Fiber Monday, 8/1/22.

2541*, if anyone is interested. And was that 78 or 88 stitches?
My box o’ knits (after I removed the 11 hats going to Blue Hat project).
Top box has donatable items, lower box holds UFOs.

* * * * * * * * * * *

Elder Son and wife Amanda left last Friday and Thursday, respectively. While the reason they were here for a week was lamentable (he had a very mild case of Covid and figured if he had to isolate it was better here than in a hotel in Winnipeg), it was delightful to have them here for an extended visit. On Friday we drove ES to Minneapolis so he could fly out, but we went early enough to have a very late lunch with Younger Son and Lucas, ES’s former roommate at NYU. Davanni’s Pizza FTW! Apparently, ES had been dreaming of a deep dish Davanni’s pizza for a very long time. He said it was his favorite pizza ever!

The dogs hung out on the deck with us and were particularly attentive to whomever had the treats at the moment. Clockwise from left: Amanda with their dog Kurt; ES with the treat bag and Misha, Percy, and Kurt; Smokey with Kurt, Milady, and Percy.


* Yes, this number is from pre-dial phones. I grew up on a farm in southern MN, and we had party lines and individual personalized ring tones. I think ours was two longs.

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6 Responses to Fiber Monday, 8/1/22.

  1. Kathleen Walsh says:

    My dad’s mom and dad and his writher;s family shared one country hoe on their farm. My mom’s sister also lived on a farm and both had party lines with different rings. Often everyone would answer the call and the intended recipient could either allow the call to be public or ask for privacy. This is how news travelled so fast in the country. Everyone knew who had gone into labour, who had just delivered a new baby, etc. And they would immediately cook up casseroles and deliver those to the persons home. Same with funerals and wakes. It cemented neighbourly support and also best behaviour and language.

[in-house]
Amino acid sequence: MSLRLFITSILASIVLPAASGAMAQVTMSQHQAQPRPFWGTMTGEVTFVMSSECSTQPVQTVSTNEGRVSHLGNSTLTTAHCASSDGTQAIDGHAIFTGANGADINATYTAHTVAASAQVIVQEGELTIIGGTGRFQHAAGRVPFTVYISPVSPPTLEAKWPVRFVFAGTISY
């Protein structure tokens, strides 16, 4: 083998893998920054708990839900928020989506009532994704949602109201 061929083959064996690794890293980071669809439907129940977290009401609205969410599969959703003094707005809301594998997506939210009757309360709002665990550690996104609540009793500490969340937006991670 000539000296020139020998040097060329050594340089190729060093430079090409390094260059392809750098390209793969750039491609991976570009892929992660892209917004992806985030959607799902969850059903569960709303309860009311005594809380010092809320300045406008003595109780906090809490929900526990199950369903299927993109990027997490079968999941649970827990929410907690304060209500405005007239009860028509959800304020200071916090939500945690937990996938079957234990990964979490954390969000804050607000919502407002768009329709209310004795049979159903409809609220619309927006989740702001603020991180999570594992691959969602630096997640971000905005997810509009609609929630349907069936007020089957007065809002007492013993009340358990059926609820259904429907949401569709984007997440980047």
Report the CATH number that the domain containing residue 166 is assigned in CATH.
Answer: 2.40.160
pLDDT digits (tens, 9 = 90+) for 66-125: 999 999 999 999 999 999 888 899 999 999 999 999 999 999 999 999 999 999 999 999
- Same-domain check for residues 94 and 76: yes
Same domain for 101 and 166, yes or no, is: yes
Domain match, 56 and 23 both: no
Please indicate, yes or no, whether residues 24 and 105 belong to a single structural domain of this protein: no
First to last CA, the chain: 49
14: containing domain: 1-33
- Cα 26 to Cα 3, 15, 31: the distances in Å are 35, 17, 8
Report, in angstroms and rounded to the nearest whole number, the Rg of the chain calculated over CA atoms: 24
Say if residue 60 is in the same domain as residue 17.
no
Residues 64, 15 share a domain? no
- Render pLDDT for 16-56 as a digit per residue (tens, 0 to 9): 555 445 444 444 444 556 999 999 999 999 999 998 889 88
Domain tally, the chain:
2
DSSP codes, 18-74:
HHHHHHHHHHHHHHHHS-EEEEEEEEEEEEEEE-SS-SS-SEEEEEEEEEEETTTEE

2. KSD says:

    I absolutely remember our phone number. I’ve often thought of either dialing it or looking it up obnline to see who has it now.

  3. Carol Waudby says:

    I also grew up in Southern MN and a party line.

  4. Carol Waudby says:

    meant to say I also grew up on a farm in Southern MN and a party line. sometimes the brain and fingers don’t work at the same speed………………….

  5. gayle says:

    My grandparents in rural Kansas had a party line – and it was the really old phone that hung on the wall, with a mouthpiece you spoke into and a receiver on the end of a cord that you had to hold up to your ear. There was a crank handle on the side for ringing up the neighbors. I had to stand on a stool to reach it!

  6. OMG. I just realized that I no longer remember my childhood phone number. Or maybe I’m just thinking too hard?

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